A man set himself on fire in a crowded street in central St. Petersburg on President Vladimir Putin’s 68th birthday Wednesday, the Moscow Times reported, the second self-immolation to take place in Russia this week.
The man, an unnamed 71-year-old businessman who has run a real estate firm for the past 30 years, was hospitalized with first- and second-degree burns covering around half of his body.
According to eyewitnesses, the man was heard screaming “something about President Putin’s birthday and a gift” before setting himself alight. The act is believed to have been carried out in protest, although it is unclear exactly what.
Video footage posted on social media showed a man writhing on the ground in pain, next to a half-burnt sign that read “Happy Birthday Mr. President.” Local police have since confirmed that the victim had been under observation at a psychiatric institution prior to the incident.
🇷🇺На Лиговском проспекте в Петербурге — попытка самосожжения. В руках у человека был плакат с надписью «С днем рождения, господин президент». Сообщают об ожогах 45% тела. pic.twitter.com/aWWmKENzIe
— Рустем Адагамов (@adagamov) October 7, 2020
The act is the second self-immolation act to take place in Russia within the space of a week. Last Friday, independent journalist Irina Slavina set herself on fire outside the Nizhny Novgorod police headquarters.
In a social media post before the incident, she told people to blame the Putin regime for her death. The previous day, local security forces raided her home in search of evidence of criminal activity while working with the political opposition.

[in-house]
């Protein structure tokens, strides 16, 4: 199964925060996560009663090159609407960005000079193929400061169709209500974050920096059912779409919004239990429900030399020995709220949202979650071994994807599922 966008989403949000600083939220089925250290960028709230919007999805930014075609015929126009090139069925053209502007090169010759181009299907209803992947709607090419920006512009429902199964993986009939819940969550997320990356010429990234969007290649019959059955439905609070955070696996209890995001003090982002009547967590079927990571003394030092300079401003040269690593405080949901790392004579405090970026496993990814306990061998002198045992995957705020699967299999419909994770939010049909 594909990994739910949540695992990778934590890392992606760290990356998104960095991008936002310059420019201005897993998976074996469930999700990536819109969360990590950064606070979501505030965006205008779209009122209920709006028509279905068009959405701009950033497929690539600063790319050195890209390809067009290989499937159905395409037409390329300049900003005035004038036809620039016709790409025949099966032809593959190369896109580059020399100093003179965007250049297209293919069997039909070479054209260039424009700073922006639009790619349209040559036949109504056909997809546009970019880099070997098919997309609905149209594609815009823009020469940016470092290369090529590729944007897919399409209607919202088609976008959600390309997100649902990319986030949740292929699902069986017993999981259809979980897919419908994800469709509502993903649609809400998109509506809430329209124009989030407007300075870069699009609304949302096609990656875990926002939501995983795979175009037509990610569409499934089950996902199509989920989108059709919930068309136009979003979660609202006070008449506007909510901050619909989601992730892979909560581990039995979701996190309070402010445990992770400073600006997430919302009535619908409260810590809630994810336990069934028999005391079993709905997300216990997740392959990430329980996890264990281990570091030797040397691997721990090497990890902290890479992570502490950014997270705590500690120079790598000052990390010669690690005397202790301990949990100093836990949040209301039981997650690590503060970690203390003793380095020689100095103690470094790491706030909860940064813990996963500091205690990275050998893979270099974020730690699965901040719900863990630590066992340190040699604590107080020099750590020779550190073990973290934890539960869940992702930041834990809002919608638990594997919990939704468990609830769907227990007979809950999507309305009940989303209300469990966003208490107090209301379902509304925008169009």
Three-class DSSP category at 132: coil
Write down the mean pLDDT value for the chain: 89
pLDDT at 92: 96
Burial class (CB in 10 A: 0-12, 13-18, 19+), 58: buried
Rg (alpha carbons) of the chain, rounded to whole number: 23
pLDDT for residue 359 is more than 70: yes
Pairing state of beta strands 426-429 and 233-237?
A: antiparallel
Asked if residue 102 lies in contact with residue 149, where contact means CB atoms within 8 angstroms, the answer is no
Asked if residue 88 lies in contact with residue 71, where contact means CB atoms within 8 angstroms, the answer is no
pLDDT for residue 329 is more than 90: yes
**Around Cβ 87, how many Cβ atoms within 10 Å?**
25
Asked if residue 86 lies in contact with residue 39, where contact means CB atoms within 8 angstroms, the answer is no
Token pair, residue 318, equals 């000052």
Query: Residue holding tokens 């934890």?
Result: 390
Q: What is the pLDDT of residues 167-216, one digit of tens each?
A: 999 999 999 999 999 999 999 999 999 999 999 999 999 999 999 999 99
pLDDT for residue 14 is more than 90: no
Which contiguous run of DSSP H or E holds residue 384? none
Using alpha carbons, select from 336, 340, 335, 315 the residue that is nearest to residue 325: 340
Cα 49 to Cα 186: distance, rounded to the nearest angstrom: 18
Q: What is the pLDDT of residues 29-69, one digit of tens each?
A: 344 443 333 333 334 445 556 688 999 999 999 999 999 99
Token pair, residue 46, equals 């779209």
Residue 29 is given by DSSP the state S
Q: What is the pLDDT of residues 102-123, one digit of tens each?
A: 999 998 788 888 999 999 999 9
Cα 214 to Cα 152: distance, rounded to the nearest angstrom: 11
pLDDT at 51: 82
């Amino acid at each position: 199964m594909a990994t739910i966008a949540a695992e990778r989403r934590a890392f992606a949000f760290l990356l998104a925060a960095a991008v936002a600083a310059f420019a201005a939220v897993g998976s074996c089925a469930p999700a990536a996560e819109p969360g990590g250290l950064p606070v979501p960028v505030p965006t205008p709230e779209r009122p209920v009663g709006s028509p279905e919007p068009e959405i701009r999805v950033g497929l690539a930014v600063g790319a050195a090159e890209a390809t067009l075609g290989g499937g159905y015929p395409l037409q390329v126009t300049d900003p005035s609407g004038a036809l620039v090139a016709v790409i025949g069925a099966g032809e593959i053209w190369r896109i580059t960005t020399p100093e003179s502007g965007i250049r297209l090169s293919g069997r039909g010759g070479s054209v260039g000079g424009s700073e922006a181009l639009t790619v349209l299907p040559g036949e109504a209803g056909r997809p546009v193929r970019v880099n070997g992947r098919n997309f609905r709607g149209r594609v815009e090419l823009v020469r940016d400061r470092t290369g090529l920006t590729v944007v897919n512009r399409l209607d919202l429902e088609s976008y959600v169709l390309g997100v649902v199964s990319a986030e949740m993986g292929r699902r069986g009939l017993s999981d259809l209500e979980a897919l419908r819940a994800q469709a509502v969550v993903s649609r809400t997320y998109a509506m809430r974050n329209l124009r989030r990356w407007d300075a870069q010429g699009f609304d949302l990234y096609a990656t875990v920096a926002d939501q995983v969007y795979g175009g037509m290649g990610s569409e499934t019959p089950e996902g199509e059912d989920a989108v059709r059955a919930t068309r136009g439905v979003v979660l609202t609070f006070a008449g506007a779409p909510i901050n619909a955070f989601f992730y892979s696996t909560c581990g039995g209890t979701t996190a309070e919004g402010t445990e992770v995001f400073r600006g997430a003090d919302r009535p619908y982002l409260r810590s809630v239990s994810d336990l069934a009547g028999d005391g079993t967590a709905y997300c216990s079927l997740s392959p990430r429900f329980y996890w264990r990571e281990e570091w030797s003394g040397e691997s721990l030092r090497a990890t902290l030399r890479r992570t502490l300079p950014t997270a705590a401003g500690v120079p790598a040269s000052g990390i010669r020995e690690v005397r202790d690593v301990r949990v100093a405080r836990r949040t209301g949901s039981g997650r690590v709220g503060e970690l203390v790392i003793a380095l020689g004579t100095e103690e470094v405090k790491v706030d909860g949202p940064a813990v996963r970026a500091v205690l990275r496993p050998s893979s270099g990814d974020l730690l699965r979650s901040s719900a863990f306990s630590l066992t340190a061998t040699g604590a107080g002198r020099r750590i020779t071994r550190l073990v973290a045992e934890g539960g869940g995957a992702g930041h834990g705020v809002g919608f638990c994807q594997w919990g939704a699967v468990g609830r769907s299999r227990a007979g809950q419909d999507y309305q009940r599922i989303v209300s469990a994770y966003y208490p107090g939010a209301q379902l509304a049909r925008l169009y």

“I ask you to blame the Russian Federation for my death,” the 47-year-old wrote on her Facebook page around an hour before her death. “They were looking for brochures, leaflets, invoices of [pro-democracy movement] Open Russia, possibly an icon with the face of [exiled oligarch] Mikhail Khodorkovsky.”
Although they did not find any incriminating evidence, Slavina added that authorities took most of her possessions and research away, leaving her “without a means of production” for her journalism.
“I don’t have any of this,” she continued. “But they took away what they found — all the flash drives, my laptop, my daughter’s laptop, the computer, phones — not just mine, but also my husband’s — a bunch of my notebooks that I scribbled on during press conferences. I’m left without a means of production.”
Russia has been subject to numerous protests over the course of this year against the repression imposed by the Kremlin and the Putin regime. In July, Putin successfully orchestrated a referendum that will allow him to rule the country until 2036. Numerous demonstrations broke out that same month following the arrest of the governor of Khabarovsk and Putin critic Sergei Furgal on dubious murder charges.